Mets third baseman David Wright injured his hamstring on a stolen base attempt in the ninth inning of tonight’s contest against the Phillies and appears DL-bound. The team has announced that Eric Campbell is on his way to New York in case a roster move needs to be made, and both ESPN New York’s Adam Rubin (link) and Newsday’s Marc Carig (link) have indicated that a trip to the DL seems inevitable. Wright will have an MRI tomorrow morning before a decision is made, but he sounds likely to join a growing list of injured Mets. Michael Cuddyer, who left tonight’s game after being hit on the hand by a pitch, sounds like he may return to the lineup as soon as tomorrow, via Rubin (on Twitter).
More NL East news as today’s games come to a close…
- Denard Span is on the comeback trail to the Nationals, as the team announced today that he began a rehab assignment at Double-A Harrisburg tonight. Span was expected to be sidelined until mid-May following core muscle surgery, but he’s ahead of schedule in his rehab. Teammate Nate McLouth also received some positive news, as an MRI showed no structural damage in his surgically repaired shoulder, tweets CSN’s Mark Zuckerman. McLouth has been cleared to resume a throwing program.
- The reworked delivery of Marlins right-hander Carter Capps has caused some controversy, as the home plate umpire in his first appearance at Triple-A this year deemed it illegal and negated his first two pitches, stating that Carter broke contact with the pitching rubber too soon. As the Miami Sun Sentinel’s Juan C. Rodriguez writes, the issue has been resolved, as the Marlins have contacted Major League Baseball to receive clarification, and Capps will be allowed to continue on with his delivery. The 24-year-old was recalled by the Marlins yesterday and made his 2015 debut with the team last night. (Those interested in seeing Capps’ delivery can check out this video from last night’s game coverage, in which the Braves commentators liken the delivery to that of former Atlanta righty Jordan Walden.)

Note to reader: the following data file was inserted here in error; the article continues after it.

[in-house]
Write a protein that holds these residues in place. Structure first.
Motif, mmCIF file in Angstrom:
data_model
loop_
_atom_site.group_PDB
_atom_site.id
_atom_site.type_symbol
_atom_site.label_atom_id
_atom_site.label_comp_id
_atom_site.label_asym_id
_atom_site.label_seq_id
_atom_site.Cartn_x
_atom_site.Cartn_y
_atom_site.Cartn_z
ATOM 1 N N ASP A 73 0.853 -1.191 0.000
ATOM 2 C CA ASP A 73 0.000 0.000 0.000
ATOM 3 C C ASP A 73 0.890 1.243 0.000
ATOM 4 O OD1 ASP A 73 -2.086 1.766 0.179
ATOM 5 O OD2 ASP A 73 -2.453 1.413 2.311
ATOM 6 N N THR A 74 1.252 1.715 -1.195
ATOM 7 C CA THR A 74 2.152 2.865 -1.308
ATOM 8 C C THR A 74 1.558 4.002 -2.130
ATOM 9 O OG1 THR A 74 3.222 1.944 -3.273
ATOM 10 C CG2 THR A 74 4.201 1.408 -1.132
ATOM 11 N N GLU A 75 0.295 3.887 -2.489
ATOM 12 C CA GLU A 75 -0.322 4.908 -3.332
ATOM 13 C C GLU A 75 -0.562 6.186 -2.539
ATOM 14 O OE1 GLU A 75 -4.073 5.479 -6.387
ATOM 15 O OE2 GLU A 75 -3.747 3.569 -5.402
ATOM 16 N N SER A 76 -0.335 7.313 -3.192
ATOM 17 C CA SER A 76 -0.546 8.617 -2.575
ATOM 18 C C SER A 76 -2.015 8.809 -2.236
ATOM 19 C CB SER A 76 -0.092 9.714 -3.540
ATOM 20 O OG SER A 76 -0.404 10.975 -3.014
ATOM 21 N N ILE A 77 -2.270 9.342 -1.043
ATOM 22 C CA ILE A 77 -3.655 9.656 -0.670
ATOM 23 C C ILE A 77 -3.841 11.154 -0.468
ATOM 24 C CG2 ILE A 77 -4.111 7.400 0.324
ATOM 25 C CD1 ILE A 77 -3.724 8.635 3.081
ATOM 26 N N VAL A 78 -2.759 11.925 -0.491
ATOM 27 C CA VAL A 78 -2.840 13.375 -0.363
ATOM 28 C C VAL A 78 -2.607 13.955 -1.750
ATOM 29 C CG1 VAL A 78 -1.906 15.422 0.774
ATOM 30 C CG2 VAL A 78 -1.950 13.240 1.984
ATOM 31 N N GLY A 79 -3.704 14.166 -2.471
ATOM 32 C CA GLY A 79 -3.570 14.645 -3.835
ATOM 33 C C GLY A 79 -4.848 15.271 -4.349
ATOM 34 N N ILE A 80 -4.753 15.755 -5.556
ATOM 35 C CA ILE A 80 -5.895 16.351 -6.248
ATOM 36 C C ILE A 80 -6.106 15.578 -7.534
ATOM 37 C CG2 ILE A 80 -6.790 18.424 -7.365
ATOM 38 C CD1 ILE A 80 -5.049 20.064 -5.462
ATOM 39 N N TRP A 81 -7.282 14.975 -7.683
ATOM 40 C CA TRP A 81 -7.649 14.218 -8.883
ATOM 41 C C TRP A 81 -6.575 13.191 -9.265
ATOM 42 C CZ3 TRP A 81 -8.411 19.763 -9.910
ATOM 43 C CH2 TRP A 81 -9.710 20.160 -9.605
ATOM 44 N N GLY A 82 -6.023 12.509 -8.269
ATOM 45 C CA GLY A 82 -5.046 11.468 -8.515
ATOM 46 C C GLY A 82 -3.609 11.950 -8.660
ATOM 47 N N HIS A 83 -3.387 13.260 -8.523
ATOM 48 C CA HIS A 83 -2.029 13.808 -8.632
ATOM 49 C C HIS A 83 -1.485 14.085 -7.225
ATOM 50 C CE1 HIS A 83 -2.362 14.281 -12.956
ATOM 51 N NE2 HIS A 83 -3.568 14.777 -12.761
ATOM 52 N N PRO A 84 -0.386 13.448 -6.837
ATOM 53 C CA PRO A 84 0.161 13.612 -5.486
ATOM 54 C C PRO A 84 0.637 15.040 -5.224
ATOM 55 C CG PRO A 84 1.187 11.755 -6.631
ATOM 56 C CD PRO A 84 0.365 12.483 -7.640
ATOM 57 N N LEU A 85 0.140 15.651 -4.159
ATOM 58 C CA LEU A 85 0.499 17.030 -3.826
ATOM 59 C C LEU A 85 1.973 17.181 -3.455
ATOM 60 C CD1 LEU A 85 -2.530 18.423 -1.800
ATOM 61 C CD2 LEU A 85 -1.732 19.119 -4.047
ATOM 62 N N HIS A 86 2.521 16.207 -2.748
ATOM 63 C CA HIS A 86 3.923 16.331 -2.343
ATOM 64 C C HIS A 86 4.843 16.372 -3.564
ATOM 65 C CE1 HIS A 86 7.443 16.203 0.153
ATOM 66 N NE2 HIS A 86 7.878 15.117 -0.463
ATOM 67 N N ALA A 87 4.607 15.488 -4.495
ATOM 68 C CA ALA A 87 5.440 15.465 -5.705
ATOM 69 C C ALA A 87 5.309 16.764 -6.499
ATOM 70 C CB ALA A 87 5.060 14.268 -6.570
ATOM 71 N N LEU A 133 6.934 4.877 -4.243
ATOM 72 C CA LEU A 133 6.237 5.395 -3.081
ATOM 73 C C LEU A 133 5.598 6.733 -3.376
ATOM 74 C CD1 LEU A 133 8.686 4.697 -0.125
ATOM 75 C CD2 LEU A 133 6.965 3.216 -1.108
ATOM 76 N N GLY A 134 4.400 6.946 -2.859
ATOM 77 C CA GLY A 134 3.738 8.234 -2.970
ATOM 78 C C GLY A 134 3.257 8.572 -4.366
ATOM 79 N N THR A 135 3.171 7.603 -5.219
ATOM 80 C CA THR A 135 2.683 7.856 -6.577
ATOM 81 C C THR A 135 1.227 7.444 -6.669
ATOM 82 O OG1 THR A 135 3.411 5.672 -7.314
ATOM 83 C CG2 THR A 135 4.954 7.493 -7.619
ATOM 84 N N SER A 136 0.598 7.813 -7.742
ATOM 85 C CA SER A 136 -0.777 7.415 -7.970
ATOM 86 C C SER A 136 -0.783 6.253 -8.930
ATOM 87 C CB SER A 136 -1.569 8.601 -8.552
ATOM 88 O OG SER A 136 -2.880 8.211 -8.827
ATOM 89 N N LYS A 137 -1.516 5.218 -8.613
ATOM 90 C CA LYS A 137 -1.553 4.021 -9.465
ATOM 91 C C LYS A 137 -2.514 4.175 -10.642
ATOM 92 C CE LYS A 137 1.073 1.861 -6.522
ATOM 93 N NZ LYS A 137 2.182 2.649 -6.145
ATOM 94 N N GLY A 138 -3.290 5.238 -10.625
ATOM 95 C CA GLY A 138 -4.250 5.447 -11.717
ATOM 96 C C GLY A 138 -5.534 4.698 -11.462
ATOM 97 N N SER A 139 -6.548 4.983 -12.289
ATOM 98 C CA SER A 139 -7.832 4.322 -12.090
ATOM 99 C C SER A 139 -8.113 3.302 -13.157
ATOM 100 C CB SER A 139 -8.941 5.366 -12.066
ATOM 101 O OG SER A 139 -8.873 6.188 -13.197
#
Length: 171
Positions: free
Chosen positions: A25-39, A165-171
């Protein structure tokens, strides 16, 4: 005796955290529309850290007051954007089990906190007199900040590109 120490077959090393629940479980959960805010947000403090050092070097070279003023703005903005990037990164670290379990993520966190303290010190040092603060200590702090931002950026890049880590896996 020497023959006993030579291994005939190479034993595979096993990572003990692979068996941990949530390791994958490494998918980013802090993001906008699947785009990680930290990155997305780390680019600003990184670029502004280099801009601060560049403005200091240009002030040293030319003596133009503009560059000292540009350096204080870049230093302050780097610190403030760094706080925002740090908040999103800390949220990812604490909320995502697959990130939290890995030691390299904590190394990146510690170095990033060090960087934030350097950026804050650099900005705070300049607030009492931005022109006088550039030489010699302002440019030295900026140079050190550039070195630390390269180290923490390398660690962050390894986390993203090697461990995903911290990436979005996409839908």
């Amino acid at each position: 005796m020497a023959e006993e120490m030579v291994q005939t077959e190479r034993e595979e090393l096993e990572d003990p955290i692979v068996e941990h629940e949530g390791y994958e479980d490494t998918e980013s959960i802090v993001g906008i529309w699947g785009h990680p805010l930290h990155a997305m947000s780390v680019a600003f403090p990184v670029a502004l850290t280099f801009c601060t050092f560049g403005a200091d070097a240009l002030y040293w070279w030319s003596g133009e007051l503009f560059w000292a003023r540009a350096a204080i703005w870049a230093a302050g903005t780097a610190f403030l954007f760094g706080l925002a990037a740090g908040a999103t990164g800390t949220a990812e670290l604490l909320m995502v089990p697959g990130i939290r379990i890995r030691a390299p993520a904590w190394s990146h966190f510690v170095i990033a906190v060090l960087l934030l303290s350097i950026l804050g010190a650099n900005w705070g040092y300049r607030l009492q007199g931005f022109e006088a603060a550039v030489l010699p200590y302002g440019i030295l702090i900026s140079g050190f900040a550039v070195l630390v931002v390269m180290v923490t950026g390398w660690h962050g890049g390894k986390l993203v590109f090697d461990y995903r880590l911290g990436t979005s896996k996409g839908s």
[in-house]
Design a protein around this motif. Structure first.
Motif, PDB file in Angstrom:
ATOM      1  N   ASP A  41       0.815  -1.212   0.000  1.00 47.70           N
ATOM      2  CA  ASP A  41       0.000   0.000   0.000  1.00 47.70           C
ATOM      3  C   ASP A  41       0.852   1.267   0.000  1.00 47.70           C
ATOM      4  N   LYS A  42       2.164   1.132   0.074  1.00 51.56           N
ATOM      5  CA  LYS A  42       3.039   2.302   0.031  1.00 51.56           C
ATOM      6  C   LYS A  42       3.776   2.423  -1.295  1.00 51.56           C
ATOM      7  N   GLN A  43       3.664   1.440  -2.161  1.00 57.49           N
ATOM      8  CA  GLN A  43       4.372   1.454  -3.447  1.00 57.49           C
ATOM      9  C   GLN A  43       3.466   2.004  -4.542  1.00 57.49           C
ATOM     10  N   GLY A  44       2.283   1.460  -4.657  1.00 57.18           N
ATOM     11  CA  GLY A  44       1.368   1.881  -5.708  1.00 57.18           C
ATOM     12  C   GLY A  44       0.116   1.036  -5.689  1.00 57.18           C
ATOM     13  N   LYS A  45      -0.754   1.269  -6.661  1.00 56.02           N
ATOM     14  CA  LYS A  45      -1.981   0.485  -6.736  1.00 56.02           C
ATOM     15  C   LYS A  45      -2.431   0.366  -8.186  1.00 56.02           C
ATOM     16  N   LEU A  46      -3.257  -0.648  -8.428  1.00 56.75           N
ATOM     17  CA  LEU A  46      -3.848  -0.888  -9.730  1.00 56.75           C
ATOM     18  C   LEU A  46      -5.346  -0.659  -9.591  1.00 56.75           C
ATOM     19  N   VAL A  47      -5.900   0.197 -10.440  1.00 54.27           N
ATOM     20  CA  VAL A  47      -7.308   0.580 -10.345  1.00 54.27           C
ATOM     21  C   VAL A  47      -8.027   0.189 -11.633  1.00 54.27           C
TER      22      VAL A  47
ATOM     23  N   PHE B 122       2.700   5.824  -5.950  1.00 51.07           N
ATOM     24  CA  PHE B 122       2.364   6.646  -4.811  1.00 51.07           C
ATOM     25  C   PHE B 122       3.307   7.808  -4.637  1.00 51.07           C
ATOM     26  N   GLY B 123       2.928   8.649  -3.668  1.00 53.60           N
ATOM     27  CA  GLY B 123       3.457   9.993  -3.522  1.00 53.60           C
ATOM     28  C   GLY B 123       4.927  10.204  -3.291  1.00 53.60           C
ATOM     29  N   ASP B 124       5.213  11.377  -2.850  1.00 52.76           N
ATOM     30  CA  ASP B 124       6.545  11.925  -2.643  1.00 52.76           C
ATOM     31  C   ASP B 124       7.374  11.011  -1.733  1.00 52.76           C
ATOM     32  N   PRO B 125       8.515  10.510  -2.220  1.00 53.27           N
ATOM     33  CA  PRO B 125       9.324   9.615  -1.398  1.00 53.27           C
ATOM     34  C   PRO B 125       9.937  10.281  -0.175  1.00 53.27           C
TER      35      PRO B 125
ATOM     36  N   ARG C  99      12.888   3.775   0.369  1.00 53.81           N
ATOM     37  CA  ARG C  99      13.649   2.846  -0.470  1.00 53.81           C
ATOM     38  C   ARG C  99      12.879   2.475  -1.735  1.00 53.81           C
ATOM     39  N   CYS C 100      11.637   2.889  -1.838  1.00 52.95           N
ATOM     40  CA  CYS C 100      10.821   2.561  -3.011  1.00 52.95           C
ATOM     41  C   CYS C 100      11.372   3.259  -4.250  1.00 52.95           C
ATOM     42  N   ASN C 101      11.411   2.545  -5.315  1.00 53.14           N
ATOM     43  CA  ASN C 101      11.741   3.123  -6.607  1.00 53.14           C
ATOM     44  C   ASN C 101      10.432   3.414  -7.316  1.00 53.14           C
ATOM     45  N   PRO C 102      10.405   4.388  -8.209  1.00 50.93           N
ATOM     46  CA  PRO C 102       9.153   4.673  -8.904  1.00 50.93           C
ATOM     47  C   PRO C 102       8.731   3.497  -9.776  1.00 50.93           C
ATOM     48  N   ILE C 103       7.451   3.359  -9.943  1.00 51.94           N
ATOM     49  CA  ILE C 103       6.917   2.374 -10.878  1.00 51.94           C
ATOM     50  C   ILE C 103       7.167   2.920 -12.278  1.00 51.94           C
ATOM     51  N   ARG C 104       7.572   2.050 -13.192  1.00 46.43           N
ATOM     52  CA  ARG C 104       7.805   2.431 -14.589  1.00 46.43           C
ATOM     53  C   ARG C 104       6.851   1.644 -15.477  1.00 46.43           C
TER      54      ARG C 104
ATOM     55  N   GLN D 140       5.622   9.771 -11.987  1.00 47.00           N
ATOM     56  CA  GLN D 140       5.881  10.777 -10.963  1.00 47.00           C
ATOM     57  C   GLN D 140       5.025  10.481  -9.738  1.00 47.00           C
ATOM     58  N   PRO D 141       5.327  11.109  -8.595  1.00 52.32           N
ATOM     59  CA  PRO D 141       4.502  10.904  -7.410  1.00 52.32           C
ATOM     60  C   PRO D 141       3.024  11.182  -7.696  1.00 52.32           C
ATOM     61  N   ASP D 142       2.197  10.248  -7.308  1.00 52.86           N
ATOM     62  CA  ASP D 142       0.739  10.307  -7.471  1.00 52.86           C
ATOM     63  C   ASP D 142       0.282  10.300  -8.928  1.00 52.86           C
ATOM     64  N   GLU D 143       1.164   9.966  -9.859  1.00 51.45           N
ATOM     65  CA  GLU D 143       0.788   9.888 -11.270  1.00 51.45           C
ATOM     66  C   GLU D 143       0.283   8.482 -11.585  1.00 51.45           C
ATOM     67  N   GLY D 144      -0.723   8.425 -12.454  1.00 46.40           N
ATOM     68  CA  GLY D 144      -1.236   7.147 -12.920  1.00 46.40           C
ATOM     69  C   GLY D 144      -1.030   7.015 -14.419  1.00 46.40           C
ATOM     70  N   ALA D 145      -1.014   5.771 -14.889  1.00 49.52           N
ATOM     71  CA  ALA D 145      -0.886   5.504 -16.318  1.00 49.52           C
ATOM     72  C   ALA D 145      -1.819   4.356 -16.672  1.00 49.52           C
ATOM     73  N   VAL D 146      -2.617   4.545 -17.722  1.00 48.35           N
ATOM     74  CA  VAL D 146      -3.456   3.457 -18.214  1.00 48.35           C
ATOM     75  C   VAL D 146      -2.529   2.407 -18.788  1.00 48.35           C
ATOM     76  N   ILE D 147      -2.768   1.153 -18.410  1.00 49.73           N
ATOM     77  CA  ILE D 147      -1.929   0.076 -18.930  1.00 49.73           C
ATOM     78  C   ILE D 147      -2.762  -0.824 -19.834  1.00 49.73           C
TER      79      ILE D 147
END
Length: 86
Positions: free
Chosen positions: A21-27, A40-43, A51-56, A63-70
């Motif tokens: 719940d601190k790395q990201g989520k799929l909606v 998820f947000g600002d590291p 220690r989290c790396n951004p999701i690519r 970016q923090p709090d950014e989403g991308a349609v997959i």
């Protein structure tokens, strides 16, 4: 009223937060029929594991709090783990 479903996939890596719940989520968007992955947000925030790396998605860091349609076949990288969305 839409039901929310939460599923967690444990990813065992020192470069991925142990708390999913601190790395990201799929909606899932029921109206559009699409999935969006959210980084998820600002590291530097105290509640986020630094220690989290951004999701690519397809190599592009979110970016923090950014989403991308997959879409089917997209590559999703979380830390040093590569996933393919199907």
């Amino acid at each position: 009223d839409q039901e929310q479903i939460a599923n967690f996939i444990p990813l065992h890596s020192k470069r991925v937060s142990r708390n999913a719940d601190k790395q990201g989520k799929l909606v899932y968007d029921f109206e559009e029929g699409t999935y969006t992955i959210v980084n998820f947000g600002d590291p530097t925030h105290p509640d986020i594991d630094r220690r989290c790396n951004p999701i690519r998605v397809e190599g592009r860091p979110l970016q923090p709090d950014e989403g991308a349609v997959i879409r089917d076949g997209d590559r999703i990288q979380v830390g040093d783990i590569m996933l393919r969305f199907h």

- Fangraphs’ Dave Cameron also examined Capps’ delivery and likened it to that of Walden, though he rightly notes that Capps’ hop-step brings him even closer to the mound than Walden does. Cameron points out that it doesn’t seem that there’s anything in the rulebook’s definition of “legal pitches” that would prevent Capps from doing this. Capps has long struggled against lefties, Cameron notes, and he wonders if the change in delivery will help with that problem, as his 97 mph average velocity, released closer to the plate, will certainly make it more difficult to pick up. Cameron speculates that if Capps can have success against lefties with this type of delivery, it may not be long before some fringy relief prospects begin emulating Capps and Walden, making the delivery more common.